Nepal Plane Crash ‘Latest In Long Line Of Tragedies’

Experts Call For Flight Safety In Country To Improve

20.05.2013

By Rob Dixon

Aviation law experts representing the loved ones of passengers killed in a plane crash in Nepal last September have revealed their concerns over reports of another crash in the country (on 16 May) which left several people on board seriously injured.

A Twin Otter aircraft carrying 21 passengers and crew, including eight tourists from Japan, crashed during its attempt to land at Jomson Airport in the country on May 16th. All of the others on board are believed to be Nepalese. Investigations are now underway to determine the cause.

Irwin Mitchell’s specialist aviation law team currently represents families of passengers killed in a plane crash on September 28th last year, when a Sita Air-operated Dornier 228-202 crashed shortly after take-off from Kathmandu-Tribhuvan Airport, killing all on board.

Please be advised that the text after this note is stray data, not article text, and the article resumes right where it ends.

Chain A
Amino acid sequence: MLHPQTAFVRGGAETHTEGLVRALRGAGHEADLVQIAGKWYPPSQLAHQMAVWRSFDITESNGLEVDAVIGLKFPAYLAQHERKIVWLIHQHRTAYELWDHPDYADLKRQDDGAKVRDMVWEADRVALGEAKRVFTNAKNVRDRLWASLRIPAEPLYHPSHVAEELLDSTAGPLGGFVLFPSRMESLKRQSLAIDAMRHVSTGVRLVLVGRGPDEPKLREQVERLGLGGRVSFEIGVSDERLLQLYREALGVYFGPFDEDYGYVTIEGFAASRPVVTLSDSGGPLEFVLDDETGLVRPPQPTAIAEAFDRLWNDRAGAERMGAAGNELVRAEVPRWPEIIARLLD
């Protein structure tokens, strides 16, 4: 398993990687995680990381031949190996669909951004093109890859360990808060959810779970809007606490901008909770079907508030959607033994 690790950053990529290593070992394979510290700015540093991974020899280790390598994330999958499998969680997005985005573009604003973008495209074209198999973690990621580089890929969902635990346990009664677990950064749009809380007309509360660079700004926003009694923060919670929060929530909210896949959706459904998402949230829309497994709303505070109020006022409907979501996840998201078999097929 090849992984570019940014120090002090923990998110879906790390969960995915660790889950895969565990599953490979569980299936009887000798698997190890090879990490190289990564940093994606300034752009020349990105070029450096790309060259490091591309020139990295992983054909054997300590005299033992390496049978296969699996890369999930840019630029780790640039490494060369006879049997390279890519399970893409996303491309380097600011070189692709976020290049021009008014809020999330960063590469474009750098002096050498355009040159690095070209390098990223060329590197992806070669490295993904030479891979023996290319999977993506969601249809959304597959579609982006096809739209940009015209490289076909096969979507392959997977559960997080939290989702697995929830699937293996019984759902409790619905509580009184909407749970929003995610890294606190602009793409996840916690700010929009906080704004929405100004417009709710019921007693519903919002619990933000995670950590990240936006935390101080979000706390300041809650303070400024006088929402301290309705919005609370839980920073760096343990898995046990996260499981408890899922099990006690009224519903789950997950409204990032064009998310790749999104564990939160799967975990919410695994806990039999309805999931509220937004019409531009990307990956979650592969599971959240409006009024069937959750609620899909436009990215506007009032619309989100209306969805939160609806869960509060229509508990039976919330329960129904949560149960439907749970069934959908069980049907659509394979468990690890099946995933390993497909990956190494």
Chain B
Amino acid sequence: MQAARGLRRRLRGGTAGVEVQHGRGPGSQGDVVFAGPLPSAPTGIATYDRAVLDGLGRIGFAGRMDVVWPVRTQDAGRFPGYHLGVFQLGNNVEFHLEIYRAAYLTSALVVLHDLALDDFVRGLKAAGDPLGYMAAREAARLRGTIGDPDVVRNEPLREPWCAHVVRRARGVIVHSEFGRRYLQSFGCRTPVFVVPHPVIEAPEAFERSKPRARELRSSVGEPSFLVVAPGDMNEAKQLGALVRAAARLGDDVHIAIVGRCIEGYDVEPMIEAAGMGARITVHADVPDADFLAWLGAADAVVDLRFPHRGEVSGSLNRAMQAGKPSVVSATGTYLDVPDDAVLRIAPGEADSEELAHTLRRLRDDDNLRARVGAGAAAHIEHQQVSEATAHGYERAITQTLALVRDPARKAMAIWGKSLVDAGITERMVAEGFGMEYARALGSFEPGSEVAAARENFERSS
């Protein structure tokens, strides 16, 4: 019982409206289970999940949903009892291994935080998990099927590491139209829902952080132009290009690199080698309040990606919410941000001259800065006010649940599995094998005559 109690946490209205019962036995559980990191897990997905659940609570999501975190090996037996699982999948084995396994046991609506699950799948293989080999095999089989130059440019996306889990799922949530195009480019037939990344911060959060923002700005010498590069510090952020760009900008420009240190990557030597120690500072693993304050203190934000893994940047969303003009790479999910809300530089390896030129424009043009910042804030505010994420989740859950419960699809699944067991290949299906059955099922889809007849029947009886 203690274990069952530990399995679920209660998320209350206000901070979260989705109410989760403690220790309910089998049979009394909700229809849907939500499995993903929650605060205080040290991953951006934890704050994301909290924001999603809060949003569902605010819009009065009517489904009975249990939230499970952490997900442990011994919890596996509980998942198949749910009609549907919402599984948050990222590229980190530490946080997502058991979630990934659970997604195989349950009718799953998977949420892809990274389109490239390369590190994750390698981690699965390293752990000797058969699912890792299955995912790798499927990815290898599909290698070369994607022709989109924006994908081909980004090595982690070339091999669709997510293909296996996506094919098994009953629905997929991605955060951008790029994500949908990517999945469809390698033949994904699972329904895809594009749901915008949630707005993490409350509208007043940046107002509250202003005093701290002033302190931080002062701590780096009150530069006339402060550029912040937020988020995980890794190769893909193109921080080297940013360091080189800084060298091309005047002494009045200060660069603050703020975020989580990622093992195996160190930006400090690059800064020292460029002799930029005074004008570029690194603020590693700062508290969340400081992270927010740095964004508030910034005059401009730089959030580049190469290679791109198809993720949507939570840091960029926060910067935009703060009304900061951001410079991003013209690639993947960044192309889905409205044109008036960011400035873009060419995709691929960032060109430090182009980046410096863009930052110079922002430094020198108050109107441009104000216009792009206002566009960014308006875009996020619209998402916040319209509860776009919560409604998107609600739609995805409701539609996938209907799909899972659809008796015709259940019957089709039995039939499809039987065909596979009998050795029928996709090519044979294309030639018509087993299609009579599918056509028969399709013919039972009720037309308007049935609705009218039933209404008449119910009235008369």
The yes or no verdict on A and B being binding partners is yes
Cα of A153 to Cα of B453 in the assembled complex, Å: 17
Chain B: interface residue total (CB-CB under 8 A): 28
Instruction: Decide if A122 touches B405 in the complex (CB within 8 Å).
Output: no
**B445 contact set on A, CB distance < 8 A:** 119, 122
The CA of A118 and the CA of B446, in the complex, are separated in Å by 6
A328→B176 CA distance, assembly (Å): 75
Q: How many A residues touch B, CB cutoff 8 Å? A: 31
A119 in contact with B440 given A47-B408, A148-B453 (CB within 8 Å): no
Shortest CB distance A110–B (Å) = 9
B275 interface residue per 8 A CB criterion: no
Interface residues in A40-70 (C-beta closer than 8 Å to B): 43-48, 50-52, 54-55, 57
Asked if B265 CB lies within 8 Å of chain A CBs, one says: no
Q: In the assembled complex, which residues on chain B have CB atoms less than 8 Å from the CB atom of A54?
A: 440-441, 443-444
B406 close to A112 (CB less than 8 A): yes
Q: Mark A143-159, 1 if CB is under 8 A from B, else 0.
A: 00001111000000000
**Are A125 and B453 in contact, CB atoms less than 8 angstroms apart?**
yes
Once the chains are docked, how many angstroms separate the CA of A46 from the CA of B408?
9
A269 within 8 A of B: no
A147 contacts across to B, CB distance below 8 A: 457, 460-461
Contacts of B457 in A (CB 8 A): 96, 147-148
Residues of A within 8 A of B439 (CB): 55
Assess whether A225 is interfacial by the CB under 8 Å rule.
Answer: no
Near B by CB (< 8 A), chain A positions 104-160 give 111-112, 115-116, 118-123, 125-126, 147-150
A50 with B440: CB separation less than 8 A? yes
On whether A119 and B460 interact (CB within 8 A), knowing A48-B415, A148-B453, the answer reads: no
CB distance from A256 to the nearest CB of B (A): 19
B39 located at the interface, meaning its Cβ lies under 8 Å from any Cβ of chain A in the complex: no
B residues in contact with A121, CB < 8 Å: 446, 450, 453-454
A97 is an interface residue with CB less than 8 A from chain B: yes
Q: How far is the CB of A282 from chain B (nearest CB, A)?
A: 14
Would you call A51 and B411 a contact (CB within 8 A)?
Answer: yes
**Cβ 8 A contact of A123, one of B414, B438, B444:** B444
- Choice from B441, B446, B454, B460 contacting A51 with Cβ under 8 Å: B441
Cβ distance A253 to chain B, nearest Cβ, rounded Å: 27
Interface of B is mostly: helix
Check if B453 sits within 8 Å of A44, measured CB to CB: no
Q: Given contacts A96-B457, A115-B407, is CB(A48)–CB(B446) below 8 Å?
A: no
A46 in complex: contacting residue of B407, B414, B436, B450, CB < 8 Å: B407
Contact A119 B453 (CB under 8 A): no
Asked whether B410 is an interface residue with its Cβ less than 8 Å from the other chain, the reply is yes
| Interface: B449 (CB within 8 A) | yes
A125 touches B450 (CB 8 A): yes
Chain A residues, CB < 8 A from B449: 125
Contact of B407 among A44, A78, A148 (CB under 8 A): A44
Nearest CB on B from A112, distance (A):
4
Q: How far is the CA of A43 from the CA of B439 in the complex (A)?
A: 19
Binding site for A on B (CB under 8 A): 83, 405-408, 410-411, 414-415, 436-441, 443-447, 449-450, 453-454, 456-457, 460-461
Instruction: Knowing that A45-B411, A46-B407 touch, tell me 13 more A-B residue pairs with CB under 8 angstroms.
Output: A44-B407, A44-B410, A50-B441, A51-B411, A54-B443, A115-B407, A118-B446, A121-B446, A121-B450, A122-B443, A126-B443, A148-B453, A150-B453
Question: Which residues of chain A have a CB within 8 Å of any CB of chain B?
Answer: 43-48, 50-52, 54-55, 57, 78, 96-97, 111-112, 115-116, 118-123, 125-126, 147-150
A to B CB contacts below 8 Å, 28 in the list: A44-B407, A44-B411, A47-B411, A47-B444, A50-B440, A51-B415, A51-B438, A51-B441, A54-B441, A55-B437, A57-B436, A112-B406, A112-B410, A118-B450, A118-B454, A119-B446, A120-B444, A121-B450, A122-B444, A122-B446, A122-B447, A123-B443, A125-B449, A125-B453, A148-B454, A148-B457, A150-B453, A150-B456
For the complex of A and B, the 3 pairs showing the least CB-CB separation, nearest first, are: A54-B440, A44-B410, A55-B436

Jim Morris, a former RAF pilot and aviation lawyer at Irwin Mitchell, said: “This is the latest of a chain of fatal air crashes for domestic flights in Nepal which clearly raises alarming concerns over the safety of flights within the country.

“We would urge authorities in Nepal to ensure that a thorough examination of all aspects of this crash is undertaken, including a full review of the actions of the pilots, the weather conditions at the time of the incident as well as any technical or mechanical issues which may have played a part. 

“It is essential that this is done quickly and a preliminary report published so that the authorities and aviation industry in Nepal can learn lessons and take measures to improve flight safety.

“Through our work we see the devastating impact of air accidents on those injured and the families of those killed, so it is hugely important that proactive measures are taken to   prevent a similar accident occurring again.”

Read more about Irwin Mitchell's expertise in relation to Accidents Abroad